Dairy entrepreneurs in Chhattisgarh, India: these ladies are among the winners of this year’s Rising to Dignity Awards. (See page 3) Photo: S-ILF
It was in 2006 in the pages of this newsletter that I first referred to leprosy in terms of a motorcycle. What gave me the idea was seeing the 2004 film The Motorcycle Diaries about the travels across South America by Che Guevara, then a young medical student, and his friend Alberto Granado, a biochemist.
While passing through Peru, they volunteered to care for leprosy patients who lived in isolation from society in a colony on the far side of a river. Inspired by their motorcycle journey, I came to think of the disease and the discrimination it causes as the two wheels of a motorcycle.
The front wheel represents our efforts to tackle the disease, and the back wheel our fight against stigma and discrimination. Unless both wheels turn at the same time, it will not be possible to eliminate leprosy from the world. Everywhere I go, I use the image of a motorcycle to urge people to address both the disease and the discrimination.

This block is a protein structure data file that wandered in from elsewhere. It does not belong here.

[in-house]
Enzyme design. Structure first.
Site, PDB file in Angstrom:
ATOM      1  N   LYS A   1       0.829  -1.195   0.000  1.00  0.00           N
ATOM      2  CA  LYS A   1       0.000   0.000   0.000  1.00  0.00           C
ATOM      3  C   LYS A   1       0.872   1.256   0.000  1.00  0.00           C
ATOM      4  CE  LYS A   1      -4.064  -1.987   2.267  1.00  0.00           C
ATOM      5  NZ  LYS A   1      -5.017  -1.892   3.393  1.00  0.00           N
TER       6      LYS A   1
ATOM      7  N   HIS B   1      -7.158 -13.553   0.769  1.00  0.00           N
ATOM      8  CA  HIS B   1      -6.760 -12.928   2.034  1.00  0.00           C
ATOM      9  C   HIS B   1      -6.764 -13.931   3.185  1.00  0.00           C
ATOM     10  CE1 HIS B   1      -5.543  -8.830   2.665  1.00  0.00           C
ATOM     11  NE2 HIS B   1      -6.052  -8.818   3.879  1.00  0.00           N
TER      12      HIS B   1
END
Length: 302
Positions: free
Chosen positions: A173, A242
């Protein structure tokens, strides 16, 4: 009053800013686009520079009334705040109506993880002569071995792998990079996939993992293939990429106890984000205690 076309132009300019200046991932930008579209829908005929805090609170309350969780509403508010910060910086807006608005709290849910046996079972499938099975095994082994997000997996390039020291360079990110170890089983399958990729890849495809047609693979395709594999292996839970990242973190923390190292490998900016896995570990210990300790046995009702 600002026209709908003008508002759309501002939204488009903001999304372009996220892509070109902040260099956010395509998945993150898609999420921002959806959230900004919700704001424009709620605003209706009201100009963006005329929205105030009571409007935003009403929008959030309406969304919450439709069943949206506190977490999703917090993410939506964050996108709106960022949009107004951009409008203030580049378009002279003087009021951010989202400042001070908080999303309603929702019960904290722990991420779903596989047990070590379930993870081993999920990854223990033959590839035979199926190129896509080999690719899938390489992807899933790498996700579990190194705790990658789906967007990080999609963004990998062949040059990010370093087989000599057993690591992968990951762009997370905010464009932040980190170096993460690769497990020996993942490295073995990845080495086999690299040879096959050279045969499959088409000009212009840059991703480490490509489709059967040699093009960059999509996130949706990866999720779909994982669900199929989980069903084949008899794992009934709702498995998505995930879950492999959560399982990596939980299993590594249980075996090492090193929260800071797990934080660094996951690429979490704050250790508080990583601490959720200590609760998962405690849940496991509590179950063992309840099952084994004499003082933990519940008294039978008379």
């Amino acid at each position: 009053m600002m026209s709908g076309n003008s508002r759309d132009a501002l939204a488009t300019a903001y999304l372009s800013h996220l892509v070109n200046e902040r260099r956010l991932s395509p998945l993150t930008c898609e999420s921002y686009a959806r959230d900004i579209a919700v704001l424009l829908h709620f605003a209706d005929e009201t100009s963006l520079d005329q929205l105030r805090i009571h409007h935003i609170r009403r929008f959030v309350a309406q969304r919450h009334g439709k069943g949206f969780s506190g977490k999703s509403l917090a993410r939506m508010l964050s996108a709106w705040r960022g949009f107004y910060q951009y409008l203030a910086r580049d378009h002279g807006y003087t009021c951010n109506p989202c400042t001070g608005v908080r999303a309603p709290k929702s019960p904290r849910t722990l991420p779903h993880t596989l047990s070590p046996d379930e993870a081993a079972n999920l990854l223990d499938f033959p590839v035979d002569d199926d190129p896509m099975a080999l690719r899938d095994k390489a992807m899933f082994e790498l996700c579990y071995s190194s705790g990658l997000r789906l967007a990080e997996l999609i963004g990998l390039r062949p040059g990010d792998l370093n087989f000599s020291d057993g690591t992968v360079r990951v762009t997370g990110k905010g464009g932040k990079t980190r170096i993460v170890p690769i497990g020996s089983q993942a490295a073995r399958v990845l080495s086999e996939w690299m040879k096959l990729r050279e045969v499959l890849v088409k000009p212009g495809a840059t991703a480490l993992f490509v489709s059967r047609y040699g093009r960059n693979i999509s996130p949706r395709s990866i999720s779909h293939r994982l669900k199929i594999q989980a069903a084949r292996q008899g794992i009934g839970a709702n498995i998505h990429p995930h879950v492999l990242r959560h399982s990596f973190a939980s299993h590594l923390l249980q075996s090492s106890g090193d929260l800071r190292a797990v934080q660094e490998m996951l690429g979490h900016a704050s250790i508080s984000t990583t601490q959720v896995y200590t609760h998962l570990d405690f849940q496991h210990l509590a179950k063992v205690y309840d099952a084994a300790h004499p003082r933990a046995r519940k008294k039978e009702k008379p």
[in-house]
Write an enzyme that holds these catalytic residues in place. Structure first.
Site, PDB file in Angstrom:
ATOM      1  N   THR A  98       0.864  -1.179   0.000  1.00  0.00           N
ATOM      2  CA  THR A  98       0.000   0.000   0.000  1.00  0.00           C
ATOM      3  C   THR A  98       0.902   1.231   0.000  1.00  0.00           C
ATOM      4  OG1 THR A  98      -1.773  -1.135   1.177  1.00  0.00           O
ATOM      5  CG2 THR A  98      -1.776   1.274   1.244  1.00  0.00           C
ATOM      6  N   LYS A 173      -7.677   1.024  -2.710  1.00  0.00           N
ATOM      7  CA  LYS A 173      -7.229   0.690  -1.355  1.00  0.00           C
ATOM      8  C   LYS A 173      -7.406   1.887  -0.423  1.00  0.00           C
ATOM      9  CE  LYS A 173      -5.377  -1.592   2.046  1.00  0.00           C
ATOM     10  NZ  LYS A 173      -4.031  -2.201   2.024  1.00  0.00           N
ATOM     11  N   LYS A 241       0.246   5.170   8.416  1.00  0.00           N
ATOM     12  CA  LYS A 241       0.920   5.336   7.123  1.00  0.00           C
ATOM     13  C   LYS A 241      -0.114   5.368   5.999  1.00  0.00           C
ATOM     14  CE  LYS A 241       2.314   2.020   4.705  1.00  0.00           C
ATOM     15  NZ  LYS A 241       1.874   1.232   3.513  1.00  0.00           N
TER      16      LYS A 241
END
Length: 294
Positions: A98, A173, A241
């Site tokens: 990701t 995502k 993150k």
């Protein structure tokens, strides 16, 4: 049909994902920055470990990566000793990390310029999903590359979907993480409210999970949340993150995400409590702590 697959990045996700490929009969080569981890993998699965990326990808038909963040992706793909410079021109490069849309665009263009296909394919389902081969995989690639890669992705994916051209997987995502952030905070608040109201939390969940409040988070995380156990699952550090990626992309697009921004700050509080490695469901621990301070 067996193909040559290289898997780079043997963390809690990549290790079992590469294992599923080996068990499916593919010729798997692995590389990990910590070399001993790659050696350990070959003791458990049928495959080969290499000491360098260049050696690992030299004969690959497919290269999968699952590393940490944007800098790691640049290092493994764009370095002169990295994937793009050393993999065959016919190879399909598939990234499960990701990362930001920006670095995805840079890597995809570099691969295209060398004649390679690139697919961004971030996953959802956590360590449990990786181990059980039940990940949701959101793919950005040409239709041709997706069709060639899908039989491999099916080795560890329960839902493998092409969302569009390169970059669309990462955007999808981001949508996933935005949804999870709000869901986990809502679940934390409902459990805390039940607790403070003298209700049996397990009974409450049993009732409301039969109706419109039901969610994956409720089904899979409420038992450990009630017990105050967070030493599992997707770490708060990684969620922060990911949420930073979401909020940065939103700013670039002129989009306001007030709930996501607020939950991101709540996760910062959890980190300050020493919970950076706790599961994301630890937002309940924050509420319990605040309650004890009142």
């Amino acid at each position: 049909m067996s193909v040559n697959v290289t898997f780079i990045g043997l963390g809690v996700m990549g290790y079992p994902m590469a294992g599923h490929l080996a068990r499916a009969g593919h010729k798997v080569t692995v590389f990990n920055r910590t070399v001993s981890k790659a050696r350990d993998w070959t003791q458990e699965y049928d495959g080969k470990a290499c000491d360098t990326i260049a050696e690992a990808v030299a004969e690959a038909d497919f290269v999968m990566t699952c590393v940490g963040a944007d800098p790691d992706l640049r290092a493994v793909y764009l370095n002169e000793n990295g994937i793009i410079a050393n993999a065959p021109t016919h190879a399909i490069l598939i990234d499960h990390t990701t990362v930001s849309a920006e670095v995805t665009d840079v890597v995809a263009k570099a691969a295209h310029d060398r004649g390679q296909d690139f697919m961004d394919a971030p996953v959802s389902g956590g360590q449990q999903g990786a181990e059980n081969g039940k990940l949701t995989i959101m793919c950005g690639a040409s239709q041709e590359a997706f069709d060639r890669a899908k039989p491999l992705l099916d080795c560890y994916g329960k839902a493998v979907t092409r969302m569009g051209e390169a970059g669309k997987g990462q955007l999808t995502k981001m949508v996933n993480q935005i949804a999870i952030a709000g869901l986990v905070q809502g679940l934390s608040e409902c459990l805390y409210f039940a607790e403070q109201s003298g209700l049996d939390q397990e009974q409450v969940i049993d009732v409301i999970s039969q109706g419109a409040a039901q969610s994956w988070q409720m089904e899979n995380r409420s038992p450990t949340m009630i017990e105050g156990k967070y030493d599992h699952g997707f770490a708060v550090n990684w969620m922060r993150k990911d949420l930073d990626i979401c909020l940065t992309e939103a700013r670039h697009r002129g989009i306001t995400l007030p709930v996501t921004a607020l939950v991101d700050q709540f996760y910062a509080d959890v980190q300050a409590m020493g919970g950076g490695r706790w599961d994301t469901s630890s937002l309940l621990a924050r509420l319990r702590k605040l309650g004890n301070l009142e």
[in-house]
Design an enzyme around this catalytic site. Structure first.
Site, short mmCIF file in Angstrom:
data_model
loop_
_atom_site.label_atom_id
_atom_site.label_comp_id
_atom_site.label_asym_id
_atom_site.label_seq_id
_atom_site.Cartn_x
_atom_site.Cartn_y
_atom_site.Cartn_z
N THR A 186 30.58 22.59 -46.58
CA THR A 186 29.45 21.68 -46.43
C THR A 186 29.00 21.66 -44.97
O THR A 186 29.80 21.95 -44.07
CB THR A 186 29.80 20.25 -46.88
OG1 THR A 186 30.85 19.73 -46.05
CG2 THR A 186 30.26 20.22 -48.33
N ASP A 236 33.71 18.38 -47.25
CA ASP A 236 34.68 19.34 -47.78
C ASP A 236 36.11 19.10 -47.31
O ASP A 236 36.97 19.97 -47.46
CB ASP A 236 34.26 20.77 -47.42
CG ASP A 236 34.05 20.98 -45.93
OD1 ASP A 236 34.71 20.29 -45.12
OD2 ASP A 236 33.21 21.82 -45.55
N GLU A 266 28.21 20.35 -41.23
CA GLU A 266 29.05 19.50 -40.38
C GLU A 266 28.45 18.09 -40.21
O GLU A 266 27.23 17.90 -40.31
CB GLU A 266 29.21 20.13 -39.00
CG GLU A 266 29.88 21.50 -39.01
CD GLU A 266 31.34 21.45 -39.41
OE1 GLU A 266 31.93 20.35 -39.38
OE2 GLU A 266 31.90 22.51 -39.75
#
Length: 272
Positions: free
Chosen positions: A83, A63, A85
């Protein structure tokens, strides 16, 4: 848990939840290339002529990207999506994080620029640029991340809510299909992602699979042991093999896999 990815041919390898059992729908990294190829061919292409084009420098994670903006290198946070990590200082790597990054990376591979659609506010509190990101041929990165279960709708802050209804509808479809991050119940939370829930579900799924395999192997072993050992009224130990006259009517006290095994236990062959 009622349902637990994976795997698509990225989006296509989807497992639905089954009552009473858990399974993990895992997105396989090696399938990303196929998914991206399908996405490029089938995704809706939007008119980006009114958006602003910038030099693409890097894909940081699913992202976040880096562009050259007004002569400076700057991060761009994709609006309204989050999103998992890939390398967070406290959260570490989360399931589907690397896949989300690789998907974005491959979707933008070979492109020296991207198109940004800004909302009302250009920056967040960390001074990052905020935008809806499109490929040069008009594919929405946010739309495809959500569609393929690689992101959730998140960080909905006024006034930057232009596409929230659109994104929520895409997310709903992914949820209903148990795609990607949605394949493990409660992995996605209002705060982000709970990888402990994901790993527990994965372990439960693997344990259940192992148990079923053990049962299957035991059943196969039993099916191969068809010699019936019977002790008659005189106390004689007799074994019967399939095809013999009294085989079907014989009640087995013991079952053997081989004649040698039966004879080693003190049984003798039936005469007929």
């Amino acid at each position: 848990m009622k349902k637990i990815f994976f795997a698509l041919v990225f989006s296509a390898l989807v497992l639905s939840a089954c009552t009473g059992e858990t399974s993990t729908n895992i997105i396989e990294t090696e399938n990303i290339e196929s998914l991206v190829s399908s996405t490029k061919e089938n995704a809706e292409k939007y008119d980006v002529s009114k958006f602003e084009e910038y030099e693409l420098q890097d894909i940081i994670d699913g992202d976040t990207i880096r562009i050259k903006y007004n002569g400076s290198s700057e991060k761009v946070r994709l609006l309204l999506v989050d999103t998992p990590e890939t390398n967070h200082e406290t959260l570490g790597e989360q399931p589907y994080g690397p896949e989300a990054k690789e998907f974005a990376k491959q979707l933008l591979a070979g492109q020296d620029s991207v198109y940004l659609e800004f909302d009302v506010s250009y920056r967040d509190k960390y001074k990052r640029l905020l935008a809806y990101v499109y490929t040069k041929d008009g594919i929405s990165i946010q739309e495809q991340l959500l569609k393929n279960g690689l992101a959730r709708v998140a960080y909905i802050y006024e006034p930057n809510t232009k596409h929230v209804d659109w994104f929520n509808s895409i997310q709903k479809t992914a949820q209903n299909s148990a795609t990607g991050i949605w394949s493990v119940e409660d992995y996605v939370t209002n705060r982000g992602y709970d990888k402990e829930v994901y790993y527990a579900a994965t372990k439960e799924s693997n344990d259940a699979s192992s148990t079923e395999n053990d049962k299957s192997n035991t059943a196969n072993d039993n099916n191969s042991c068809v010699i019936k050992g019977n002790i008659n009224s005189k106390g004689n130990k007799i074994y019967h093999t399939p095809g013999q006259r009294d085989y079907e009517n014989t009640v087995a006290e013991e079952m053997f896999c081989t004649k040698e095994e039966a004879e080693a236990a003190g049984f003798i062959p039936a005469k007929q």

I was delighted to see that in the WHO’s recently published Global Leprosy Strategy 2016-2020: Accelerating towards a leprosy-free world, a bicycle has been used to symbolize this idea. It appears on every page.
According to the explanation in the new strategy, the wheels of the bicycle represent stopping leprosy and its complications, and stopping discrimination and promoting inclusion. But who, I wonder, is riding this bicycle, and where is it heading?
Needless to say, the rider is made up of all the stakeholders in the fight against leprosy — people affected by leprosy included — and their destination is the leprosy-free world that is the long-term vision of the new five-year strategy.
The thrust of the five-year strategy is to accelerate toward that vision. Whether they are traveling by bicycle or motorcycle, I hope all stakeholders move forward with enthusiasm and a sense of responsibility.
- Yohei Sasakawa, WHO Goodwill Ambassador